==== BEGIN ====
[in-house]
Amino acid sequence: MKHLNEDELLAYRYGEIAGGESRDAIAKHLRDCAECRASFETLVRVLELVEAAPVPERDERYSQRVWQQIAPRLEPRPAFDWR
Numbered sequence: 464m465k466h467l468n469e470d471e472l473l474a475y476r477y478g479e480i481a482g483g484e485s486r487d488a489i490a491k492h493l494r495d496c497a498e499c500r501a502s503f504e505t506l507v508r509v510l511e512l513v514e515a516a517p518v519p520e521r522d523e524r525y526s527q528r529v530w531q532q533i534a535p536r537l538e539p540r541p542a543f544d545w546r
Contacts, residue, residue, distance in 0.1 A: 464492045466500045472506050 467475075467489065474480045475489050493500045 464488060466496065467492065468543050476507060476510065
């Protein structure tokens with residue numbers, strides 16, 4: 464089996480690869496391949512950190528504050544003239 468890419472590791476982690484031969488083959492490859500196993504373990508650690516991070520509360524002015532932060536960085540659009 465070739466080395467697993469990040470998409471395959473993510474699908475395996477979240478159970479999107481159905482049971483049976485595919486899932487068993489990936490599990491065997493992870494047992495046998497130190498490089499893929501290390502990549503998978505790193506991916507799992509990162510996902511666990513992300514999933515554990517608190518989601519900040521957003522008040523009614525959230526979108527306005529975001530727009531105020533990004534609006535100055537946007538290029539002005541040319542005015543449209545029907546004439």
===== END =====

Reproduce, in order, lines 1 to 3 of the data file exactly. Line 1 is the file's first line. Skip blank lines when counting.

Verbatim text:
[in-house]
Amino acid sequence: MKHLNEDELLAYRYGEIAGGESRDAIAKHLRDCAECRASFETLVRVLELVEAAPVPERDERYSQRVWQQIAPRLEPRPAFDWR
Numbered sequence: 464m465k466h467l468n469e470d471e472l473l474a475y476r477y478g479e480i481a482g483g484e485s486r487d488a489i490a491k492h493l494r495d496c497a498e499c500r501a502s503f504e505t506l507v508r509v510l511e512l513v514e515a516a517p518v519p520e521r522d523e524r525y526s527q528r529v530w531q532q533i534a535p536r537l538e539p540r541p542a543f544d545w546r